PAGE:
When you are facing a band called the “Psychic Ills,” you should probably assume that they are going to provide you with a dozen garbled tracks that can only be comprehensibly heard or even minimally understood when you are under the influence of acid, or something to equivalent effect. You should assume that setting aside an afternoon of driving roughly two-hundred miles stone cold sober and bored would be an awful time to listen to said band (again, called “Psychic Ills”). There are a lot of things I should have assumed before I listened to Hazed Dream (by, yes, Psychic Ills) on my way back this past weekend, but I didn’t assume anything and figured “what the hell? I’ve got time.”
The closest I came to tripping out that afternoon was drinking a diet Pepsi Max, so, sufficed to say, I wasn’t occupying the desired demographic. I still thought the opening song was pretty cool. “Midnight Man” has a heavy guitar softly lashing out some power chord strums and come-and-go high-pitched solos as a breathy lead singer whispers his lines behind some white noise. It sounds a little crazy, but it’s actually a pretty cool song… sober or not. The good news, of course, is that if you like “Midnight Man,” Psychic Ills was nice enough to make an album with ten other songs that sound just like it. Always the slow strumming out of power cords, the trippy high-pitched guitar beats, more whispered vocals, and a psychedelic organ keeping some degree of stability over the tracks. I’d love to tell you which one was my favorite, but not only did I have a hard time telling which song was which, but I couldn’t really even tell when songs were beginning or ending altogether. Hopefully those of you reading have access to something that can make sense of all this 😉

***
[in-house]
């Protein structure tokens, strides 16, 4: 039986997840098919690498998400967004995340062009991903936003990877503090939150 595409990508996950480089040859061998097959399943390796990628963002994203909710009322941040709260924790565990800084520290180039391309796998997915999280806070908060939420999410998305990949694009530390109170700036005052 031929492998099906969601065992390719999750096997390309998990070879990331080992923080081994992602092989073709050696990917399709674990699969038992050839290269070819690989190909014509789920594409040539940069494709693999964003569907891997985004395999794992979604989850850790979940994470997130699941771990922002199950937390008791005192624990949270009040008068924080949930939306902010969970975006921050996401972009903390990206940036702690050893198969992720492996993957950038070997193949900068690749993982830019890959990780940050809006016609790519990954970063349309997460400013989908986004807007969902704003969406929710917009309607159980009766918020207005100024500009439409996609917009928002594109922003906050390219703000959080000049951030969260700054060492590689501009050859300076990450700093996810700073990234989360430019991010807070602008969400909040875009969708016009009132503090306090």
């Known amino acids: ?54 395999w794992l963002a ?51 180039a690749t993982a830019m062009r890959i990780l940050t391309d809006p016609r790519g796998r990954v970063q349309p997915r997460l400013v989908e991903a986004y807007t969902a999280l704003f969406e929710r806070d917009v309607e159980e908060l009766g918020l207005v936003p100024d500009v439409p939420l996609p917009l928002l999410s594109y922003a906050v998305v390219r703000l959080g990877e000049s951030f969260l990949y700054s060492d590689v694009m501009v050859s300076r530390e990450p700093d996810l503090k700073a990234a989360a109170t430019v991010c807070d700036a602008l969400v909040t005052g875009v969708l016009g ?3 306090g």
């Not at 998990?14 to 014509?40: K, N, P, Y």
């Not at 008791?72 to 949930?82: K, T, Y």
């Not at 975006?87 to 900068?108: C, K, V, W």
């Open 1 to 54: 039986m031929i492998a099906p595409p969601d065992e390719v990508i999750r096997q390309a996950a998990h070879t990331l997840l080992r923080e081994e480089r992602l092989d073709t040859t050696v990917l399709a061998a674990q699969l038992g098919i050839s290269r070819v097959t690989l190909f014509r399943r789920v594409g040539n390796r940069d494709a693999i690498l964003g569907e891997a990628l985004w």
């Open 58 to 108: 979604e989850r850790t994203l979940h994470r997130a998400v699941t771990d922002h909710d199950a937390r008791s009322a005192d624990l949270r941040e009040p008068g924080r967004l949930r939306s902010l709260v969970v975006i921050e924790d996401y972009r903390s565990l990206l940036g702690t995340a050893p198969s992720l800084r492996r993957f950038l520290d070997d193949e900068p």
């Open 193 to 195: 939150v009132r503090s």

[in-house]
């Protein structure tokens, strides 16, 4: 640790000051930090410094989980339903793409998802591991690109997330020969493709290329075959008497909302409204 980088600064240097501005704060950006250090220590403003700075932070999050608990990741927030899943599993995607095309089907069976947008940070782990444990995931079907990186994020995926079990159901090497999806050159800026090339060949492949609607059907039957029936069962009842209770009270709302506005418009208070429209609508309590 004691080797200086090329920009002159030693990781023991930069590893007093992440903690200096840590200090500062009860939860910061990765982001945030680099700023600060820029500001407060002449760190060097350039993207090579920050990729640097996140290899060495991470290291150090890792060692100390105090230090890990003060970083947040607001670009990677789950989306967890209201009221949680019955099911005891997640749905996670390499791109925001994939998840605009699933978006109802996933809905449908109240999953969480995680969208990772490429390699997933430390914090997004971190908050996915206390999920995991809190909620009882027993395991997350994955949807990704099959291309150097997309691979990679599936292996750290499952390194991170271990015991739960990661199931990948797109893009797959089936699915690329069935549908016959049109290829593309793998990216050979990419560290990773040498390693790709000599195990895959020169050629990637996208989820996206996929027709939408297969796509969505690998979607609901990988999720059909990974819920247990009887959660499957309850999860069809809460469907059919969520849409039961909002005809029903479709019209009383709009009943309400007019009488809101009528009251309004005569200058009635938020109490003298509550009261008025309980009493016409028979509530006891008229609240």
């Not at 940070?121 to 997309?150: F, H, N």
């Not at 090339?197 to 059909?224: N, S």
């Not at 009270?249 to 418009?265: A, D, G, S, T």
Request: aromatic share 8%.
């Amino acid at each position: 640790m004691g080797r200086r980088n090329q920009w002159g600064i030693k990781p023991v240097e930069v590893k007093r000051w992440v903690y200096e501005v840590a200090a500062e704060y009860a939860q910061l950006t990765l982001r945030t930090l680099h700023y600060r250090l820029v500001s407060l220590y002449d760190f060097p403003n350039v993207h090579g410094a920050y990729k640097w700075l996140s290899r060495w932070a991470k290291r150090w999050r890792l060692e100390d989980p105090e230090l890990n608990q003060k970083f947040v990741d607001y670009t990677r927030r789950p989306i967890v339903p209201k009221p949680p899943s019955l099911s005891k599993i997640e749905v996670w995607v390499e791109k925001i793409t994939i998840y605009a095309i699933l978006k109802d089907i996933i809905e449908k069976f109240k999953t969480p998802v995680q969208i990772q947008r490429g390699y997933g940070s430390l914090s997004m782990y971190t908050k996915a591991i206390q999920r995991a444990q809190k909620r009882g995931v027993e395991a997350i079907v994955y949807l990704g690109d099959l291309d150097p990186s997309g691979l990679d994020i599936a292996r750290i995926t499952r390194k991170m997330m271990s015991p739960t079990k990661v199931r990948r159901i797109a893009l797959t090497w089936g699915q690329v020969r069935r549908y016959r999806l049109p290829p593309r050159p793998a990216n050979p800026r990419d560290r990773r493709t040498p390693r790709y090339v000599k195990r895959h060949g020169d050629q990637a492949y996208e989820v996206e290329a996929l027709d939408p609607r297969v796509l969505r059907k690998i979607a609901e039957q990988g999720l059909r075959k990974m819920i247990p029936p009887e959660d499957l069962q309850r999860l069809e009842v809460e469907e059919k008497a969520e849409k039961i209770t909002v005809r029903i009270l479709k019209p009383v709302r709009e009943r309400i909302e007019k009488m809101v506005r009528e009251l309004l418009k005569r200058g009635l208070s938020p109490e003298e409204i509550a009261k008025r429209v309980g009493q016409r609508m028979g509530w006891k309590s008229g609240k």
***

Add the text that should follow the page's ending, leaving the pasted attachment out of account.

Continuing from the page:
Sorry that this seems like a cheap short review, but I really don’t know what else there is to say. He always sings so quietly or jumbled to the point that I never caught one word of what he was saying. I’m sure there’s a songbook out there somewhere with all of the lyrics written, I’m just not sure I’m interested enough in what it had to say. In terms of variation on the songs, I’m sure they made some subtle changes that I didn’t notice, but I swear to you that every song follows the organ-strumming-brief shredding-strumming-hushed vocals-groove out format. I’m glad they enjoyed it. I’m sure spaced out college kids eat this shit up. I just don’t happen to be one of them.
The album ends with the (get this) organ-driven distorted-guitar piece, “Same Old Song.” I couldn’t even tell if they were being coy with this, or if they were so far out, that they didn’t even notice, man. It also doesn’t help when your lead singer sounds like he always about one breath away from passing out. I’d love to give a positive review or recommendation, but I can’t condone drug use that openly.